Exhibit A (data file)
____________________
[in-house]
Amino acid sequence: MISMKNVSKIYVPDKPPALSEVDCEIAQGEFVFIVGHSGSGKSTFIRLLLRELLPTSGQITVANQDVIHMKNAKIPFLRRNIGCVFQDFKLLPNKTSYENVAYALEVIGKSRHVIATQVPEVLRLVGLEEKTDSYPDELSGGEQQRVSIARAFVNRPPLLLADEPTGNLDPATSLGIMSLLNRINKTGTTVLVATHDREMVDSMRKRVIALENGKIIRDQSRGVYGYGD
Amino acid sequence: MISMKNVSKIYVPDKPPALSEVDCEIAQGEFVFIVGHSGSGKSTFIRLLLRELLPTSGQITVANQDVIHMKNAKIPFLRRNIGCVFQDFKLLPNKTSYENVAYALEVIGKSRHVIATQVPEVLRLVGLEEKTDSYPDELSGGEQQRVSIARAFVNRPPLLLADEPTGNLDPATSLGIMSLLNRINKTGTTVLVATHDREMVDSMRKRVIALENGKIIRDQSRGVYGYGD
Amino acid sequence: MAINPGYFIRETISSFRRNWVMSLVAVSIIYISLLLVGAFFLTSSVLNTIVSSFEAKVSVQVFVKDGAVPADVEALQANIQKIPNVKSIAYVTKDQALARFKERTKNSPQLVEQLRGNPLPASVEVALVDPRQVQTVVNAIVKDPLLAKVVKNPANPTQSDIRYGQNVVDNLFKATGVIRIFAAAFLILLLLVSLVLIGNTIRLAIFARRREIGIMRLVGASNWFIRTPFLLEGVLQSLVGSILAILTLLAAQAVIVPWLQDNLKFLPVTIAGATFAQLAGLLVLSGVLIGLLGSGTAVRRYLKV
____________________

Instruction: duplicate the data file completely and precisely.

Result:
[in-house]
Amino acid sequence: MISMKNVSKIYVPDKPPALSEVDCEIAQGEFVFIVGHSGSGKSTFIRLLLRELLPTSGQITVANQDVIHMKNAKIPFLRRNIGCVFQDFKLLPNKTSYENVAYALEVIGKSRHVIATQVPEVLRLVGLEEKTDSYPDELSGGEQQRVSIARAFVNRPPLLLADEPTGNLDPATSLGIMSLLNRINKTGTTVLVATHDREMVDSMRKRVIALENGKIIRDQSRGVYGYGD
Amino acid sequence: MISMKNVSKIYVPDKPPALSEVDCEIAQGEFVFIVGHSGSGKSTFIRLLLRELLPTSGQITVANQDVIHMKNAKIPFLRRNIGCVFQDFKLLPNKTSYENVAYALEVIGKSRHVIATQVPEVLRLVGLEEKTDSYPDELSGGEQQRVSIARAFVNRPPLLLADEPTGNLDPATSLGIMSLLNRINKTGTTVLVATHDREMVDSMRKRVIALENGKIIRDQSRGVYGYGD
Amino acid sequence: MAINPGYFIRETISSFRRNWVMSLVAVSIIYISLLLVGAFFLTSSVLNTIVSSFEAKVSVQVFVKDGAVPADVEALQANIQKIPNVKSIAYVTKDQALARFKERTKNSPQLVEQLRGNPLPASVEVALVDPRQVQTVVNAIVKDPLLAKVVKNPANPTQSDIRYGQNVVDNLFKATGVIRIFAAAFLILLLLVSLVLIGNTIRLAIFARRREIGIMRLVGASNWFIRTPFLLEGVLQSLVGSILAILTLLAAQAVIVPWLQDNLKFLPVTIAGATFAQLAGLLVLSGVLIGLLGSGTAVRRYLKV